Social Psychological And Physical Aspects Of The Work Environment Could Contribute To Hypertension Prevalence
Author: David H. Rehkopf, Sepideh Modrek, Linda Cantley, Mark R. Cullen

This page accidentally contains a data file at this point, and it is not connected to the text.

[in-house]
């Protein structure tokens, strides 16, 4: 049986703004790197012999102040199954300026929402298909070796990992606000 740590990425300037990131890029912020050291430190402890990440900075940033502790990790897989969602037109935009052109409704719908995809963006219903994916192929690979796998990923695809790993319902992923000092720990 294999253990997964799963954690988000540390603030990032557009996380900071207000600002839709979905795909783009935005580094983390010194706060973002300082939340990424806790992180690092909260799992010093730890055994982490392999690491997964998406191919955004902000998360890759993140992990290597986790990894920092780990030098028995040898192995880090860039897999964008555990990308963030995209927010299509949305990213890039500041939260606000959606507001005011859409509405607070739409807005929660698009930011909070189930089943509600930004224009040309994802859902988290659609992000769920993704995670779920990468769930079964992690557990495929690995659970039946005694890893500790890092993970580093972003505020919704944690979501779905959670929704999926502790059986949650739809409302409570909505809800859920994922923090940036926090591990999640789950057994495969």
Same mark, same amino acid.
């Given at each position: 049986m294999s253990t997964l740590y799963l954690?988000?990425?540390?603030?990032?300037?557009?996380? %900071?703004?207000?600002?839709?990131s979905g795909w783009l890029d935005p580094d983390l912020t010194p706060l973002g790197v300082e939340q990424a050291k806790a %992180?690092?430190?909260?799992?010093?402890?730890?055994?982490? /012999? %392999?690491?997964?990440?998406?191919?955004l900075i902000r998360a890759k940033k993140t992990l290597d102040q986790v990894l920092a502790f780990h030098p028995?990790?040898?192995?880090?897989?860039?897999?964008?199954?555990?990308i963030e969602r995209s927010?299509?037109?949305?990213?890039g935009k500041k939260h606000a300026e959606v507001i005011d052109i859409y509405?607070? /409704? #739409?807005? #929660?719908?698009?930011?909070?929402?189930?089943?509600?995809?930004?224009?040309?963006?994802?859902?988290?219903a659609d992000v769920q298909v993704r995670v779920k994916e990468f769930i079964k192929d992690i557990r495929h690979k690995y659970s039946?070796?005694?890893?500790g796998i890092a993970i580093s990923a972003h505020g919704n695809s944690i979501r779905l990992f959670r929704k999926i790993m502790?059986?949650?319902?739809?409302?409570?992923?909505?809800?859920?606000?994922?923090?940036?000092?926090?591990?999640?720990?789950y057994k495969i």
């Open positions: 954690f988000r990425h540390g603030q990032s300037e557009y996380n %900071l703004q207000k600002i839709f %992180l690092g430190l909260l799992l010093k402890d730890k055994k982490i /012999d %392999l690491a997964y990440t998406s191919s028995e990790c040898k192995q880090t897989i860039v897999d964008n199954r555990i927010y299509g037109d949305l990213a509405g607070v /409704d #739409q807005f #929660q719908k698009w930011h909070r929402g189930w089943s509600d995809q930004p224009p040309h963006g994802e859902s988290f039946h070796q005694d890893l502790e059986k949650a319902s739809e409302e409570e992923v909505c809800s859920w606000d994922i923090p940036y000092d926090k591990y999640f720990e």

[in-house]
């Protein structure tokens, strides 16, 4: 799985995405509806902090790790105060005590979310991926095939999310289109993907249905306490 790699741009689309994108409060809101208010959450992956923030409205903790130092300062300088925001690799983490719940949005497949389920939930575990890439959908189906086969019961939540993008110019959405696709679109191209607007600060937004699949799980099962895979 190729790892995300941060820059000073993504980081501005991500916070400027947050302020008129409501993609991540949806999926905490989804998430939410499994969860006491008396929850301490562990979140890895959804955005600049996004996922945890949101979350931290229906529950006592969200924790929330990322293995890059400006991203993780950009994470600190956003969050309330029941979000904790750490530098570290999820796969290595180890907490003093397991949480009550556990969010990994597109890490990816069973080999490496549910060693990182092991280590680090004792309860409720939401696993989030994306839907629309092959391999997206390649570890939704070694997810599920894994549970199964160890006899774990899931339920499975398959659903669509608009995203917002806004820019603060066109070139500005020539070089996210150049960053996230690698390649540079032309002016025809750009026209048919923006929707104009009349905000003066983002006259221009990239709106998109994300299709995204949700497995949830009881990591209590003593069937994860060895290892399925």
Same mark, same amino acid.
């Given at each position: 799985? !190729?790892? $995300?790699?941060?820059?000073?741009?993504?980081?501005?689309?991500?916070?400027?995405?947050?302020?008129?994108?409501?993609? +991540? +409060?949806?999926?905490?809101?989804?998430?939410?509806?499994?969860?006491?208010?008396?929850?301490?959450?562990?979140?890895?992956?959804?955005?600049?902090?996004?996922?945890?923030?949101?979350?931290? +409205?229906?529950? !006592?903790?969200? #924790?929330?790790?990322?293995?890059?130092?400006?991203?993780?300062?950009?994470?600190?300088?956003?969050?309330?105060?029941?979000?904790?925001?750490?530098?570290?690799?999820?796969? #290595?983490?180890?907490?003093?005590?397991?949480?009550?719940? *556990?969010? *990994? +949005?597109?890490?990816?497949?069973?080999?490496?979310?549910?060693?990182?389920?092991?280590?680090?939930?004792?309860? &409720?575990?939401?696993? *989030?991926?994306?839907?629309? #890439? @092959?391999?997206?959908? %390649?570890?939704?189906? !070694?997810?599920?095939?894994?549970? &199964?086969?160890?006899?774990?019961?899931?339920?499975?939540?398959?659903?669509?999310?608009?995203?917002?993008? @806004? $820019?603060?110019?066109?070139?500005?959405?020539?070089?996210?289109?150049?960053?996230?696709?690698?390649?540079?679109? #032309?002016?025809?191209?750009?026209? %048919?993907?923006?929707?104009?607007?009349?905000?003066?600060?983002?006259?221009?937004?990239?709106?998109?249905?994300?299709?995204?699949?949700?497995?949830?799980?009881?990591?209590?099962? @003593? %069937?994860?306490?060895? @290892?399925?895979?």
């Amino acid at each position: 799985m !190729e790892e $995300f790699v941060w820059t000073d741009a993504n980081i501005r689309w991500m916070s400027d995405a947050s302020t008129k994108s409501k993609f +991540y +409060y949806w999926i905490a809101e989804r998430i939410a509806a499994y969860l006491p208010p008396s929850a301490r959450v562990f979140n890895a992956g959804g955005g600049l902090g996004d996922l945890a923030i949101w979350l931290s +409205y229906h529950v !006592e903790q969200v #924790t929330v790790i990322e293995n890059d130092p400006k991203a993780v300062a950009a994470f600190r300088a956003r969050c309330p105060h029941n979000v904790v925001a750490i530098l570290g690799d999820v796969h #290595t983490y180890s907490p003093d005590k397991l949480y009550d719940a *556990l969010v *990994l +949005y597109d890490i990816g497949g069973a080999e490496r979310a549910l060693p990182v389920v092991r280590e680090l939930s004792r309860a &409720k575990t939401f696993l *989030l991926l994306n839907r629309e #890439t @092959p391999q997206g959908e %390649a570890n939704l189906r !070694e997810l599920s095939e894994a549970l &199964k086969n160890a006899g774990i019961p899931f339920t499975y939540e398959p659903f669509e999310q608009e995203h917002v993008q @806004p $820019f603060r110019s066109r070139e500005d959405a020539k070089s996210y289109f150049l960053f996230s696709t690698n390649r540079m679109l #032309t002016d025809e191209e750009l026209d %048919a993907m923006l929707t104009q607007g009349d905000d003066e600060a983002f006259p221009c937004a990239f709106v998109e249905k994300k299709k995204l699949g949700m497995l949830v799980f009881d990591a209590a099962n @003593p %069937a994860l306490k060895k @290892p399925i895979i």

Studies on the physical and social characteristics of the workplace have begun to provide evidence for the role of specific workplace factors on health. However, the overall contribution of the workplace to health has not been considered. Estimates of the influences on health across domains of the work environment are a critical first step toward understanding what level of priority the workplace should take as the target for public policies to improve health. The influences or contribution of these domains on health in the work environment are particularly useful to study since they are potentially modifiable through changes in policies and environment. Our analysis used detailed data from blue-collar industrial workers at two dozen Alcoa plants. It includes work environmental measures of psychological hazards, physical hazards, and the workplace social environment, to estimate the overall importance of the workplace environment for hypertension. Our findings suggest that social, psychological, and physical aspects of the work environment could contribute to a substantial proportion of hypertension prevalence. These attributes of the workplace could thus be a useful target for improving workforce health.